Watch Warren Haynes Lead Opening Night Of The Last Waltz 40th Anniversary Tribute Tour

first_imgThe Last Waltz officially ended The Band’s career in November of 1976, though the performance would ultimately spark the musical flames of an entire subsequent generation. There is perhaps no greater evidence of that than the recently announced The Last Waltz 40 tour, which began in Florida last night as a celebration of the show’s 40th anniversary.Granted, it’s technically been 41 years since the show was played, but when you recruit musicians like Warren Haynes, Don Was, Michael McDonald, Terence Higgins, Jamey Johnson and more or the occasion, any time all of their schedules are clear is an appropriate time to honor The Band. And honor they did, pulling out all the punches for hours upon hours of great music.Opening night took place at the Hard Rock Casino in Hollywood, FL, featuring the unmistakeable songs that propelled The Band into the spotlight, like “Cripple Creek,” “The Shape I’m In” and countless more. Fortunately, there are a number of fan shot videos of the performance to capture the essence of the night.“Up On Cripple Creek”“The Shape I’m In”“Stagefright”“Life Is A Carnival”“It Makes No Difference”“Way Down South In New Orleans”The Last Waltz 40th tour continues throughout the end of January into February. See the tour schedule below.January 23 – Clearwater, FL @ Ruth Eckerd HallJanuary 24 – Atlanta, GA @ Woodruff Arts CenterJanuary 25 – Nashville, TN @ Ryman AuditoriumJanuary 27 – Red Bank, NJ @ Count Basie Theatre (Jamey Johnson not scheduled to appear)January 28 – Boston, MA @ Orpheum Theatre (Jamey Johnson not scheduled to appear)January 29 – Philadelphia, PA @ Verizon Hall/Kimmel CenterJanuary 31 – Toronto Canada @ Sony CentreFebruary 2 – Albany, NY @ Palace TheatreFebruary 3 – Westbury, NY @ Theatre at WestburyFebruary 4 – Washington DC @ The Theater at MGM National Harborlast_img read more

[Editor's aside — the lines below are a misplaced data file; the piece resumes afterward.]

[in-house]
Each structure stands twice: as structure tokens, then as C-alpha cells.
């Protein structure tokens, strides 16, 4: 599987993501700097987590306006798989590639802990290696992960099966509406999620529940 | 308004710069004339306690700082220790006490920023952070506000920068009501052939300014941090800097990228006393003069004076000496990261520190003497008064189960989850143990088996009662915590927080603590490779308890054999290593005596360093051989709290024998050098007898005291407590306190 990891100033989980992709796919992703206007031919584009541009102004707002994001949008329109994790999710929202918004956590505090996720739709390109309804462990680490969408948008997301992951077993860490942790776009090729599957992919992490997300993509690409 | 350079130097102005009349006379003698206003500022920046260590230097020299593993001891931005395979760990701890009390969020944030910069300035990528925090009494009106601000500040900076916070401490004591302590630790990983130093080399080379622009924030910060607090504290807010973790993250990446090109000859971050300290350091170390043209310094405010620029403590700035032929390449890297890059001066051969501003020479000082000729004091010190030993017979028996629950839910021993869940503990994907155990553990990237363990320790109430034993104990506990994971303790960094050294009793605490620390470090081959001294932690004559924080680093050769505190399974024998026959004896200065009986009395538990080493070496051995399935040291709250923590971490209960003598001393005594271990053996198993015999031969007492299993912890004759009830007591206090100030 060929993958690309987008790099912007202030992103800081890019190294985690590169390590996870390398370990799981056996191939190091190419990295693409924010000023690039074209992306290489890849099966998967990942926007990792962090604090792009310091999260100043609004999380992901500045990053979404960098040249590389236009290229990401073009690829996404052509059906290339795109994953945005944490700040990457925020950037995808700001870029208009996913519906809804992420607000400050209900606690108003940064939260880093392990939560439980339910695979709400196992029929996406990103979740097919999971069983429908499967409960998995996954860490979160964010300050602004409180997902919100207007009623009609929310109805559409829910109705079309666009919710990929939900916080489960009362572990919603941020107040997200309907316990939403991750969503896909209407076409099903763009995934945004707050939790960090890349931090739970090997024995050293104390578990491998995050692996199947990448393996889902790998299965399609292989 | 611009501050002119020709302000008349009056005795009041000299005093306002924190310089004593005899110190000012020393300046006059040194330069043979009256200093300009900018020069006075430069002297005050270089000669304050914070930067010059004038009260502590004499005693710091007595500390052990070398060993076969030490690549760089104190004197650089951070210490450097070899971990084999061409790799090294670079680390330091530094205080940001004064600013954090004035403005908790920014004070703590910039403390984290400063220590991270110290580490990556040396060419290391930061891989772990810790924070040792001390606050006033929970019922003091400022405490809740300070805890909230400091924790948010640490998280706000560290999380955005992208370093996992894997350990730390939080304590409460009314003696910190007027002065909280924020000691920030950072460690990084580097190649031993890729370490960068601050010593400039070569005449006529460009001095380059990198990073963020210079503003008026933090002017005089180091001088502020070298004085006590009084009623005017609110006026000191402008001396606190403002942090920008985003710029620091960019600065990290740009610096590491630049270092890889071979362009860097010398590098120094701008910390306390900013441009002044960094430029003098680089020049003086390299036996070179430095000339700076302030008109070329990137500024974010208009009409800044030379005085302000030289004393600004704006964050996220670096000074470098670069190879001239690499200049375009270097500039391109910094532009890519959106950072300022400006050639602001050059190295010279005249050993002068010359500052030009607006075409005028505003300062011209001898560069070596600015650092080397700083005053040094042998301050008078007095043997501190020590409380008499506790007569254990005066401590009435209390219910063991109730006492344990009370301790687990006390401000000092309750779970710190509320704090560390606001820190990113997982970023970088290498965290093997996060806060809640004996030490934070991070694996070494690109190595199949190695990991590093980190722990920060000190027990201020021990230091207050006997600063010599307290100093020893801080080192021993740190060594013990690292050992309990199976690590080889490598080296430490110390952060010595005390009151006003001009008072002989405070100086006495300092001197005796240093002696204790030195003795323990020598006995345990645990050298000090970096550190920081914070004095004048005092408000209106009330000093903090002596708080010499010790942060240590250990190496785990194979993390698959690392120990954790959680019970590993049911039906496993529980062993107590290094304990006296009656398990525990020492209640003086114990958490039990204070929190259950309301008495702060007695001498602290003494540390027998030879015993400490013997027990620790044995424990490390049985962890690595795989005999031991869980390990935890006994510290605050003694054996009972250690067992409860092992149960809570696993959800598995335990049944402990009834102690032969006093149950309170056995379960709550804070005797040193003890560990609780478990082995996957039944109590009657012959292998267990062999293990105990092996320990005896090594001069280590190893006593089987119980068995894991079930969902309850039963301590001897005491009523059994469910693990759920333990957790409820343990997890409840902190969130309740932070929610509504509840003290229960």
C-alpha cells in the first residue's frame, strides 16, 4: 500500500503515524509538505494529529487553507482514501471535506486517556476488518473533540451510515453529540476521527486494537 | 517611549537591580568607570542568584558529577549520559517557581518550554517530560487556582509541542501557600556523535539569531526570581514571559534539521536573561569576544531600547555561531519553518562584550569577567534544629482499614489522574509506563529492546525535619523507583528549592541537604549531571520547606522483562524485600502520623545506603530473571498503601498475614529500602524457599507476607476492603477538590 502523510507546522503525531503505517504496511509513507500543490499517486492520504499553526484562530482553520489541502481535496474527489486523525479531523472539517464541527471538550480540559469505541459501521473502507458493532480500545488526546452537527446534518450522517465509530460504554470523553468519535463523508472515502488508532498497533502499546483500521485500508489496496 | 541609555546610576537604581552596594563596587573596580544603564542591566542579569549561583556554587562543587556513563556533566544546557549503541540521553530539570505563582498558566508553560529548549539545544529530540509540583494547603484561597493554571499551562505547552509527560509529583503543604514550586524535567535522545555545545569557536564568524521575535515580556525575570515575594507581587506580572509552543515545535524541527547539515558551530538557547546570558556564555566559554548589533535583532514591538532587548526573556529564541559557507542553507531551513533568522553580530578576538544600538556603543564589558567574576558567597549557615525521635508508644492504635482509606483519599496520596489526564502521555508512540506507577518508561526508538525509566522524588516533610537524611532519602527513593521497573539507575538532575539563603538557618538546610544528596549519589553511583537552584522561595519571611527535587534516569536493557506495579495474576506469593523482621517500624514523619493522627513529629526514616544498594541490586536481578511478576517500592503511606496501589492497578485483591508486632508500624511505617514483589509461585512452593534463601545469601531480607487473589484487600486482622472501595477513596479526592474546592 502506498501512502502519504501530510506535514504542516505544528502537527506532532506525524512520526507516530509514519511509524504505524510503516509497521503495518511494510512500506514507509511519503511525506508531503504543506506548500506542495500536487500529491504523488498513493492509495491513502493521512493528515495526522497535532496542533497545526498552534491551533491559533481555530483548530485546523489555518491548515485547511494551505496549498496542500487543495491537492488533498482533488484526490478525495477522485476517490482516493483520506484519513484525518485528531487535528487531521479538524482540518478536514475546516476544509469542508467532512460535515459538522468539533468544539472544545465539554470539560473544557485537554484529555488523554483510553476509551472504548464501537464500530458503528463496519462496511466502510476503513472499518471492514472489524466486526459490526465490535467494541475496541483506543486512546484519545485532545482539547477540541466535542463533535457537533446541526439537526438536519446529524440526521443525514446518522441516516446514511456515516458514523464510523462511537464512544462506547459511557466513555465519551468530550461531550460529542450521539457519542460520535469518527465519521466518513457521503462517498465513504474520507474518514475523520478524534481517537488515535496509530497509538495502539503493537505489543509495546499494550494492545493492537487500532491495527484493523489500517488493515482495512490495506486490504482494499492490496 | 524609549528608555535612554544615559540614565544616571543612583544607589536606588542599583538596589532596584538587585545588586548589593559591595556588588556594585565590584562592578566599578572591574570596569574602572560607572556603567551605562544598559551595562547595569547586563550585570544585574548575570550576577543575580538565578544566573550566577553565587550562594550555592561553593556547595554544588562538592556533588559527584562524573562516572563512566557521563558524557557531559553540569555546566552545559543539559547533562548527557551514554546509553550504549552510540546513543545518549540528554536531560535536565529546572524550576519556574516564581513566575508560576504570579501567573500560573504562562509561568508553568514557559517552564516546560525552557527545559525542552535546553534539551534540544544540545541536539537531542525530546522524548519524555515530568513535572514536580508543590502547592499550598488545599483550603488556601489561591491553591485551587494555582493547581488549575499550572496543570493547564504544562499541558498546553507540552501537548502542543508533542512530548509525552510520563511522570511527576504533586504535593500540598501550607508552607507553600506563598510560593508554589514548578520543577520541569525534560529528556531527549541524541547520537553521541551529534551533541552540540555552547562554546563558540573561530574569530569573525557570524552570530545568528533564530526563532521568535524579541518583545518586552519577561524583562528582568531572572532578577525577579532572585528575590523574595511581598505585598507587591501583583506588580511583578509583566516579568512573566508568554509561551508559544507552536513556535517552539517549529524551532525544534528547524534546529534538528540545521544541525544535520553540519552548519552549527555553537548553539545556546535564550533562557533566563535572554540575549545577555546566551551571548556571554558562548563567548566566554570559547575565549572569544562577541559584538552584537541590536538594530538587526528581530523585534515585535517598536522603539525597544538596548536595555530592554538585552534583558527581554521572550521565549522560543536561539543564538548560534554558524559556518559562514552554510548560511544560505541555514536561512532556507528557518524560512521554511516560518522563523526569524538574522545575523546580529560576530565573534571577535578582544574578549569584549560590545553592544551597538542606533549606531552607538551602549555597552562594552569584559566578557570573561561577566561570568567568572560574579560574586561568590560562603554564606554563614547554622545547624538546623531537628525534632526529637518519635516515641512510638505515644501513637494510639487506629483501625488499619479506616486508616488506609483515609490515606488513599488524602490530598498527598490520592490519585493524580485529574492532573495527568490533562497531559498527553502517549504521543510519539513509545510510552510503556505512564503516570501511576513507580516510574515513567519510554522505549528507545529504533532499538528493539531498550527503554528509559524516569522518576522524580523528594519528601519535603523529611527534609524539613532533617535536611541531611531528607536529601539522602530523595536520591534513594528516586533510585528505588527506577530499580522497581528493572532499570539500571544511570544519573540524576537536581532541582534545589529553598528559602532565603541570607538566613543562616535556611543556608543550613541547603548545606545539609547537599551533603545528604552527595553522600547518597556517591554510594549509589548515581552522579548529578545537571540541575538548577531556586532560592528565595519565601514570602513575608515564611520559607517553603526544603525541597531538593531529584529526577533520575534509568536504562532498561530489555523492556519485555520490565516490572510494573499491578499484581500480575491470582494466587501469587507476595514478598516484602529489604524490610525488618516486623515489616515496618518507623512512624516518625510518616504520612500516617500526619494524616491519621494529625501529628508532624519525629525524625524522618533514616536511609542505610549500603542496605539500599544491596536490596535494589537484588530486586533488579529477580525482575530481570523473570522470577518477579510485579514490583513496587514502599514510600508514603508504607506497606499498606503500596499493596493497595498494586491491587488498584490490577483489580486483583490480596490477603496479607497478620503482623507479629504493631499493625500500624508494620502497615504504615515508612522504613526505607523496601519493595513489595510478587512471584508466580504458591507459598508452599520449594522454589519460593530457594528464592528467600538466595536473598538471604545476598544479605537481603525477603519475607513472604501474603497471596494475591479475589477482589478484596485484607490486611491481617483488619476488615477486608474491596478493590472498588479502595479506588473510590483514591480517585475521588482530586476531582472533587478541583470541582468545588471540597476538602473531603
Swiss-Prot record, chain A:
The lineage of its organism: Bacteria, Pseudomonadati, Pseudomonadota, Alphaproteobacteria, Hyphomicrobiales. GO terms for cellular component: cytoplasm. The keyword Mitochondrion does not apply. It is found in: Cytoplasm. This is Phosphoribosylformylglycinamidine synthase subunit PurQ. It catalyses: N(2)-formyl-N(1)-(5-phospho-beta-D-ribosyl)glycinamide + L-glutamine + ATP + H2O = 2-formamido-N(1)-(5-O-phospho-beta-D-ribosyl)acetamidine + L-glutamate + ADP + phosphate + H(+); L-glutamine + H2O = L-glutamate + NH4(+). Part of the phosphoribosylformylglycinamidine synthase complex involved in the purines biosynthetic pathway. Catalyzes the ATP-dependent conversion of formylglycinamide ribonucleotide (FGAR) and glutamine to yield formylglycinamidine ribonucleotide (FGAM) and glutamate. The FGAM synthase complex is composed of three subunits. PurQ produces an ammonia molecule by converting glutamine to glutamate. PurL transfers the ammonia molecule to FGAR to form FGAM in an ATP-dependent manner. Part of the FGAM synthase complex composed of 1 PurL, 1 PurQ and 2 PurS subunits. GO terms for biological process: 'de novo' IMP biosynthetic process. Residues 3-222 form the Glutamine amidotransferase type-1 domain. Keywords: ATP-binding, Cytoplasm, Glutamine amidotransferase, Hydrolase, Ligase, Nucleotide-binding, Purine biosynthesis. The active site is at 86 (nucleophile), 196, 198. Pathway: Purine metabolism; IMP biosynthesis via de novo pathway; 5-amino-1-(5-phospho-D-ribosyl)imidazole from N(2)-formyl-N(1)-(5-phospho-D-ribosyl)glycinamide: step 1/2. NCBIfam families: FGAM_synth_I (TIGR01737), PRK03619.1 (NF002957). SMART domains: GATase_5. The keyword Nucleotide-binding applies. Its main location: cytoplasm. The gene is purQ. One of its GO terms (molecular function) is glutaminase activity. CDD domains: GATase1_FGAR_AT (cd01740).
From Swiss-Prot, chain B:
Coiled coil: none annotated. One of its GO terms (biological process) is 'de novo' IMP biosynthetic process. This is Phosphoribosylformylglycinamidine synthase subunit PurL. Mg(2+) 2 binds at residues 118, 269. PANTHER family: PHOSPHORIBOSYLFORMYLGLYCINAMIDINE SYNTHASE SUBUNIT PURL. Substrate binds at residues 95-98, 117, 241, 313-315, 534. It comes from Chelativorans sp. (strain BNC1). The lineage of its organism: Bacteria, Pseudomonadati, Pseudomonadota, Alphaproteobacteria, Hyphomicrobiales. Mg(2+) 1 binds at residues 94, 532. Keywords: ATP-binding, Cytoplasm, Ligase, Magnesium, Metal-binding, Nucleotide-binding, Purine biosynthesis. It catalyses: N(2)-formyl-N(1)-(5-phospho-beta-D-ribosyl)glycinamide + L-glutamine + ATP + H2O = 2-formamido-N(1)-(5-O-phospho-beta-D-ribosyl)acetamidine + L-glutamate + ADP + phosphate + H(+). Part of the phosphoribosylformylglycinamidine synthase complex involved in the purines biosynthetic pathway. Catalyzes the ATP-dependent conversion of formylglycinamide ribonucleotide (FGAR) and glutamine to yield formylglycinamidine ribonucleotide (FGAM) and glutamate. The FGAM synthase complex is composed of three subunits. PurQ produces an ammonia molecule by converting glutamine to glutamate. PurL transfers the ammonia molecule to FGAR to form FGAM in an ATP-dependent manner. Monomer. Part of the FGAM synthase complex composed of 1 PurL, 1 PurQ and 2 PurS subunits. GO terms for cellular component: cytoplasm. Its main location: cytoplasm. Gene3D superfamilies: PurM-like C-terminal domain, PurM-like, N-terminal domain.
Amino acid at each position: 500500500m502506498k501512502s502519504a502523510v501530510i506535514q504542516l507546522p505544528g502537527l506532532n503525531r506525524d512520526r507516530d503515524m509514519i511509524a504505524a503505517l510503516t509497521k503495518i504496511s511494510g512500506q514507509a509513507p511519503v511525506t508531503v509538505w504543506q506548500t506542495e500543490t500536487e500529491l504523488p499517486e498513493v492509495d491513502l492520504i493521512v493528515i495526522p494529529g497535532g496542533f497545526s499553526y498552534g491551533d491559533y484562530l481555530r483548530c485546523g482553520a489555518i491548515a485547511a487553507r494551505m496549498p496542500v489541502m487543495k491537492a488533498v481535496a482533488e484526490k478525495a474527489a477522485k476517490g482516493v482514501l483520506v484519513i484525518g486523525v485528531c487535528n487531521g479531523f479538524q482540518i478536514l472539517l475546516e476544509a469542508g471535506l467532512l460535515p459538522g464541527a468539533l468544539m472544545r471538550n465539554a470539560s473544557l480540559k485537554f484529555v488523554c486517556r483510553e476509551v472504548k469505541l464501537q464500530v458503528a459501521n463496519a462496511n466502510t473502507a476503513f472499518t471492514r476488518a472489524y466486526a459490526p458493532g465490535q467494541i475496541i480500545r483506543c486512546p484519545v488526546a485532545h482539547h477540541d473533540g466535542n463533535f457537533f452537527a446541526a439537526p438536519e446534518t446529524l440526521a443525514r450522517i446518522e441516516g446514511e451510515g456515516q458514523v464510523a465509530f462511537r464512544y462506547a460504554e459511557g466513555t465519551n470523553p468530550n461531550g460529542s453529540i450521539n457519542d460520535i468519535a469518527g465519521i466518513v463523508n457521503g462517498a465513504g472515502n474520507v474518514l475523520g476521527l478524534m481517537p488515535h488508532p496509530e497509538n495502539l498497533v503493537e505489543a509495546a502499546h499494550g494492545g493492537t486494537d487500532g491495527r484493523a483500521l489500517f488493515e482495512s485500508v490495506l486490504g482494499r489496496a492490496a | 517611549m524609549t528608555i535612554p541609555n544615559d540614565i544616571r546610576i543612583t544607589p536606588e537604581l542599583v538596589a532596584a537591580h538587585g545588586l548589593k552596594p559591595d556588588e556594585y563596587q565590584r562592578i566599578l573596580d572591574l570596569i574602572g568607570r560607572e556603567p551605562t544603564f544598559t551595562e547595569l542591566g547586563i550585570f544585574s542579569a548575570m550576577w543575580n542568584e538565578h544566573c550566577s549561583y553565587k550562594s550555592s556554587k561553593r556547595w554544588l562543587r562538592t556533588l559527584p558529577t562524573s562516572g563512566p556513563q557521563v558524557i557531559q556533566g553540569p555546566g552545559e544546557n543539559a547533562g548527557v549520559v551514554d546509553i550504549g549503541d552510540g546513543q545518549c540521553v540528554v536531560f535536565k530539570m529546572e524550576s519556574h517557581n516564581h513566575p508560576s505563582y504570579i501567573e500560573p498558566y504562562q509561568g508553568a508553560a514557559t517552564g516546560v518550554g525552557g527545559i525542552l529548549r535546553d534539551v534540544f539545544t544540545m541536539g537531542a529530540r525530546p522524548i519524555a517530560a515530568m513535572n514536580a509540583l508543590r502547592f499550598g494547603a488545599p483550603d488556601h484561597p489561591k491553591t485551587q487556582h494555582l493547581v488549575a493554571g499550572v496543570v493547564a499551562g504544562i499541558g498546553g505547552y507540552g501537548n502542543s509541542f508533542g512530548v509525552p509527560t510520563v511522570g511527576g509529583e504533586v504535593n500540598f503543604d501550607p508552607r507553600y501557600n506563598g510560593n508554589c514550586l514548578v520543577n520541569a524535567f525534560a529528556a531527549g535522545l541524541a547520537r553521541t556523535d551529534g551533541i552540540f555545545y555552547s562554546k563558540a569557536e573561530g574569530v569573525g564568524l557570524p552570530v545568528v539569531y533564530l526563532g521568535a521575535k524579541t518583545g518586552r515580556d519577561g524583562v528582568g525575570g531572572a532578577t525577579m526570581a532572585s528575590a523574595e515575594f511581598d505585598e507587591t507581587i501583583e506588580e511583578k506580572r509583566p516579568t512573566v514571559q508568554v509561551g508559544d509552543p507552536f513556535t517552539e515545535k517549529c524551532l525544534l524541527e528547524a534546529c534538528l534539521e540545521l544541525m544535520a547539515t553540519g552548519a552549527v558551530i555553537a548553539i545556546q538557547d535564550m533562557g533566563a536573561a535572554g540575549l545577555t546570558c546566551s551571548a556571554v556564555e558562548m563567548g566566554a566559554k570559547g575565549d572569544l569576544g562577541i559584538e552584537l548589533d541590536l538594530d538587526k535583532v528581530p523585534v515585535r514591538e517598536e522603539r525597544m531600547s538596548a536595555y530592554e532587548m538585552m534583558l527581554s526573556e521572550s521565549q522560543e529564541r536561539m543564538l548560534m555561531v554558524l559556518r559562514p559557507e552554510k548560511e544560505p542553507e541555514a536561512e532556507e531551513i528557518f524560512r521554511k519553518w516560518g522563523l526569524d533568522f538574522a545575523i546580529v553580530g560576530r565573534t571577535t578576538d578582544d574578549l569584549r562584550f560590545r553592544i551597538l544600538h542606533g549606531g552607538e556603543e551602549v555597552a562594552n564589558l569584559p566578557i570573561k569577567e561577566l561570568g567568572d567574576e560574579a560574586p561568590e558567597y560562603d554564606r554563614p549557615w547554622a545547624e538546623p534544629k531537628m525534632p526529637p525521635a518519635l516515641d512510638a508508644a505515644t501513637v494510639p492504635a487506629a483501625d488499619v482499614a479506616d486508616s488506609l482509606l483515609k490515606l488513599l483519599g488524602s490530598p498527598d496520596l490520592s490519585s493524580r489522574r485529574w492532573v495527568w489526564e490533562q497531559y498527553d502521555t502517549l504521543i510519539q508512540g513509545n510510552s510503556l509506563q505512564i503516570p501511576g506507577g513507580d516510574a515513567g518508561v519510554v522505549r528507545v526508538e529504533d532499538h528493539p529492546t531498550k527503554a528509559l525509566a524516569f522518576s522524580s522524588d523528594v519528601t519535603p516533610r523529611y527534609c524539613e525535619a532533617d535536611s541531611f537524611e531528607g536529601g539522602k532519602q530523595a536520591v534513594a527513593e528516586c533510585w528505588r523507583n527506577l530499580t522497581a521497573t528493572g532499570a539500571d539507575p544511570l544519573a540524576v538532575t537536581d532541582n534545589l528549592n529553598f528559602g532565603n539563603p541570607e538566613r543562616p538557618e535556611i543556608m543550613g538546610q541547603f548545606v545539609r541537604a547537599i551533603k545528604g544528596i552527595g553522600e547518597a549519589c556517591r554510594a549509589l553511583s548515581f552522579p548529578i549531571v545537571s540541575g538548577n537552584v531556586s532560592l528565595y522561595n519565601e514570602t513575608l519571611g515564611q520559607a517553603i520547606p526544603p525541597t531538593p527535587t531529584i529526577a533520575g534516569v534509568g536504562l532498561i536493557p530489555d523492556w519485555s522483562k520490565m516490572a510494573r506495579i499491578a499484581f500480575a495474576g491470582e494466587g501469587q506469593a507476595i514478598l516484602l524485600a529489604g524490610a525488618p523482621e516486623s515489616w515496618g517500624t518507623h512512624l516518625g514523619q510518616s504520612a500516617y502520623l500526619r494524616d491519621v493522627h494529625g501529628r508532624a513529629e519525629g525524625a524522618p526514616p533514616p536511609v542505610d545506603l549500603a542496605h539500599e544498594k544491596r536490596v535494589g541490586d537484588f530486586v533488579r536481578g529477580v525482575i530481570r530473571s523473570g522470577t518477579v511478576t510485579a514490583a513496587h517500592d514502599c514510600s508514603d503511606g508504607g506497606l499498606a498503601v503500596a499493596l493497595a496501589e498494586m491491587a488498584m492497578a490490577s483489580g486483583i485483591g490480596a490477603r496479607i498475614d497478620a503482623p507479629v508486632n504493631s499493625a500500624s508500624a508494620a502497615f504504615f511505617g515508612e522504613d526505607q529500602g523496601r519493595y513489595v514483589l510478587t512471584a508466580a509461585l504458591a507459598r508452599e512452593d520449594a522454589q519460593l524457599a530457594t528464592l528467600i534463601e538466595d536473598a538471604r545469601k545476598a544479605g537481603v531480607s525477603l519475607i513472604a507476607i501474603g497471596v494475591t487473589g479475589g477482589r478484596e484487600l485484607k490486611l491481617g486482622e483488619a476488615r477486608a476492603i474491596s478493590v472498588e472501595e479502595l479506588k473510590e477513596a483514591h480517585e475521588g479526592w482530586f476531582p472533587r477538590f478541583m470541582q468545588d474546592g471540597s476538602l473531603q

Do This: Long Island Events December 4 – 10